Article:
She chopped and mixed from scratch
in wooden bowls with wooden spoons
by pinch & dash, past twilight
as if Edison had not been born.
Her modest dress of flowered print,
ankle low under full apron,
opaque hose in sturdy black heels
in the simple kitchen where she reigned.
A quiet woman, never idle,
small even in a child's vision
her stature brave as five sons,
dedicated as brothers Maccabee.
Memory laughs at recipes never needed,
root ingredients: potato & onion, words
unable to duplicate homemade goodness.
Who can find a Bubbe like mine?
I still hear sizzle as Bubbe spooned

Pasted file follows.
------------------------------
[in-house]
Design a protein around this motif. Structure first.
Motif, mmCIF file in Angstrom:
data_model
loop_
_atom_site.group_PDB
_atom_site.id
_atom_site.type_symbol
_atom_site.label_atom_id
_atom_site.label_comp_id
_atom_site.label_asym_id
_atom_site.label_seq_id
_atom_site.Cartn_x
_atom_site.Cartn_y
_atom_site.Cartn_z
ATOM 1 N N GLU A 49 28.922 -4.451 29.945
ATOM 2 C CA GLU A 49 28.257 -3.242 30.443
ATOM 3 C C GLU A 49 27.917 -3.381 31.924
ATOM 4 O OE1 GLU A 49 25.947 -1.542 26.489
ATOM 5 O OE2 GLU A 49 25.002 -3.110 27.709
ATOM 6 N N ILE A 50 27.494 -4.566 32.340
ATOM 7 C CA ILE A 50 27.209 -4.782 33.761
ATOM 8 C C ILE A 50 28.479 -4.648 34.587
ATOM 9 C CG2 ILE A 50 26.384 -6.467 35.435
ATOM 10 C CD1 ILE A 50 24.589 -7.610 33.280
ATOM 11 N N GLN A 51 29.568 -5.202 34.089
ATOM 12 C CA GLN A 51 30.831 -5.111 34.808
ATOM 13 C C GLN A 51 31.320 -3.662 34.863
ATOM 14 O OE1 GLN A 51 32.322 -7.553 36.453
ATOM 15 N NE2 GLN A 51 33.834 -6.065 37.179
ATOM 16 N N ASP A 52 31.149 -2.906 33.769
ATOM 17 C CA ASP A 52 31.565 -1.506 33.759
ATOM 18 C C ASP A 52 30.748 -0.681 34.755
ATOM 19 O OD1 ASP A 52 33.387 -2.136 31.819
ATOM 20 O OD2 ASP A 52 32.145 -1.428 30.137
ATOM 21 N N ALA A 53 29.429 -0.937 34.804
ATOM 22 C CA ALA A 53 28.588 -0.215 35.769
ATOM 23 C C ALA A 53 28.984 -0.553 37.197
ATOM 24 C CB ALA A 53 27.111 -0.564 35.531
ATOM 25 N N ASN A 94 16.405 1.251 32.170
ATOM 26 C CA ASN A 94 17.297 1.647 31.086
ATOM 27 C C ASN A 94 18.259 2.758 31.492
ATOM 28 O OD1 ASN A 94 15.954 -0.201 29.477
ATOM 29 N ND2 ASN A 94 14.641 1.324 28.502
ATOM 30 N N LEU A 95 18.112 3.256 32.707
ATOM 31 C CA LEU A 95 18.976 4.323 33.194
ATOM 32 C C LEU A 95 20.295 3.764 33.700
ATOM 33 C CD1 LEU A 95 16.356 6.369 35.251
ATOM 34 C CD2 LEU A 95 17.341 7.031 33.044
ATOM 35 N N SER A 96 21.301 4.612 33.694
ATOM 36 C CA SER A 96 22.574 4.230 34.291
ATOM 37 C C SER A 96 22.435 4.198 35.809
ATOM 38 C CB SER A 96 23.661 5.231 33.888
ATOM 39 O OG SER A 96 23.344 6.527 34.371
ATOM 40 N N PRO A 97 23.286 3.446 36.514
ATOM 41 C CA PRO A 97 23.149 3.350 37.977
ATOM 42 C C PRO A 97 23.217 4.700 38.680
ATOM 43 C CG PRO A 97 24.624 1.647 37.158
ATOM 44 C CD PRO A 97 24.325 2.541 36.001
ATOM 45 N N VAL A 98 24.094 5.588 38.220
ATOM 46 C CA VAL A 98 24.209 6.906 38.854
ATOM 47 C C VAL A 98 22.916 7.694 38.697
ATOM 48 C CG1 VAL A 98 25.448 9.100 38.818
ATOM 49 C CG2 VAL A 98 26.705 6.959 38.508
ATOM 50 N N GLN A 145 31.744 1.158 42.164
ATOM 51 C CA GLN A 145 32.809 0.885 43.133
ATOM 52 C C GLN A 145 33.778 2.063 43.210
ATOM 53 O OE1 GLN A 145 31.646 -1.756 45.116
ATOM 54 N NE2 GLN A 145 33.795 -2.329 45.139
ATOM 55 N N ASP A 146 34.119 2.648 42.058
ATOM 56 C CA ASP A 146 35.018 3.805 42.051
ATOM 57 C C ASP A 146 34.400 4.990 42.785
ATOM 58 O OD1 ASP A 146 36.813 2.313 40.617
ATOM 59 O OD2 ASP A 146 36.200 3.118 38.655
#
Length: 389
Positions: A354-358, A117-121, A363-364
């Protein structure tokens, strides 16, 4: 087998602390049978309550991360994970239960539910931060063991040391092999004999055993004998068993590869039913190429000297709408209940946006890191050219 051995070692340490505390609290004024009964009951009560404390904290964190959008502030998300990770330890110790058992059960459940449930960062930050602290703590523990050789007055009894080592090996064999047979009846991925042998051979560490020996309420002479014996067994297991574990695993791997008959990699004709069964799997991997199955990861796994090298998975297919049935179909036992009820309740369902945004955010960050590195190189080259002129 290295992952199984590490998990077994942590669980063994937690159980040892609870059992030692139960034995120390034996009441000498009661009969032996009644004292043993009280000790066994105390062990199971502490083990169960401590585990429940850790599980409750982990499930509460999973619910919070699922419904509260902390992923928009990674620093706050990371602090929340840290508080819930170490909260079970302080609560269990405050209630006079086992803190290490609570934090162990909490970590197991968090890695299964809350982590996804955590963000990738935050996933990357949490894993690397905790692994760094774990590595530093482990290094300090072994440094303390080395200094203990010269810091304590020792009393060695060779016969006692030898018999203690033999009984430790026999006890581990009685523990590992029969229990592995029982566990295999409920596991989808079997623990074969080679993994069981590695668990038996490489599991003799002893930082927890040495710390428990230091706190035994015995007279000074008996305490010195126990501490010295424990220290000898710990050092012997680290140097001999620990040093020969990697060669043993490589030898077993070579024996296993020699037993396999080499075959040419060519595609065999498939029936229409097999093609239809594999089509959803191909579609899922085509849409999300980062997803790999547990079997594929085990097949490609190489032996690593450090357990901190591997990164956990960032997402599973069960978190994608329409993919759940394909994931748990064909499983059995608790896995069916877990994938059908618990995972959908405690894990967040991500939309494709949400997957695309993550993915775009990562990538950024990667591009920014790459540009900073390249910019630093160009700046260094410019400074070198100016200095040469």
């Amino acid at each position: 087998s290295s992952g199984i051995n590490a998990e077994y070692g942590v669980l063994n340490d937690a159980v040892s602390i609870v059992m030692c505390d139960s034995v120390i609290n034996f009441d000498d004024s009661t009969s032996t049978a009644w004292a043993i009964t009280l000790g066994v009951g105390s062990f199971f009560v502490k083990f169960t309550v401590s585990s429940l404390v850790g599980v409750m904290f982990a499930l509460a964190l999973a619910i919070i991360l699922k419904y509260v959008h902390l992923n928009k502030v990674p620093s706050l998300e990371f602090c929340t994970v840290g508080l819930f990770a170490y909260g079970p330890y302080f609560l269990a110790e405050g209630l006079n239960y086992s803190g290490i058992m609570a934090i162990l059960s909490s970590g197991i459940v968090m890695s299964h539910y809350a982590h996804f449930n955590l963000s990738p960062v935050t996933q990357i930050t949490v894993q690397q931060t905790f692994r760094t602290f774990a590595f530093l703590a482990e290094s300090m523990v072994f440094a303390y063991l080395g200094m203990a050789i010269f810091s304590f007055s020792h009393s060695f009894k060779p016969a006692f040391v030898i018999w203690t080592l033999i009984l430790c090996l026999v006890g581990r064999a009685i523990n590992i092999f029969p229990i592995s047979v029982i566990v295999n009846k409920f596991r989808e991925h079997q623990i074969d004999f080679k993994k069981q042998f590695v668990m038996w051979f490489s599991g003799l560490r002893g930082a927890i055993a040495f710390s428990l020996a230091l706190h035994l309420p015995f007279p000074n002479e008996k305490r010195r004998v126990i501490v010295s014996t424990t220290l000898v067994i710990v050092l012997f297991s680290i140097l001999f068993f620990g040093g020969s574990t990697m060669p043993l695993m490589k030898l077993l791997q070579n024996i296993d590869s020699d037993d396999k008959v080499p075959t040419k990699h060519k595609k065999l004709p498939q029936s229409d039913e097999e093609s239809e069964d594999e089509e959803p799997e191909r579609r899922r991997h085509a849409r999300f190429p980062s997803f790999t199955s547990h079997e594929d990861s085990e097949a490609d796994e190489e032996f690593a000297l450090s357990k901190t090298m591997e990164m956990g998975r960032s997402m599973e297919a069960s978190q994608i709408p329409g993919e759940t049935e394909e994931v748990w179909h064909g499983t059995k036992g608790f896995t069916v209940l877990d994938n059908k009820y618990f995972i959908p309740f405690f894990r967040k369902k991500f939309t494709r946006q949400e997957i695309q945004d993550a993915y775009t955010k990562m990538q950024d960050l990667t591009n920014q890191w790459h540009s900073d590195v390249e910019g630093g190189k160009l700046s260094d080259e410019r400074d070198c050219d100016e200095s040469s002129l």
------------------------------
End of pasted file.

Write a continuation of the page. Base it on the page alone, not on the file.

thin circles into hot oil, smell
rich flavors of poor old-world folk
tastes sociable as sour cream & applesauce.
At the rear of a row, in that dimly lit kitchen
without granite counters or Cuisinart,
she fried latkes crisp, darkened in heavy skillets,
her hair, pepper & salt like the iron.
Grandchildren rewarded with the un-plated best,
with fortified bodies, voices sang,
flames danced and dreidels spun,
renewing freedom's victory.
We shared a Festival of Light.
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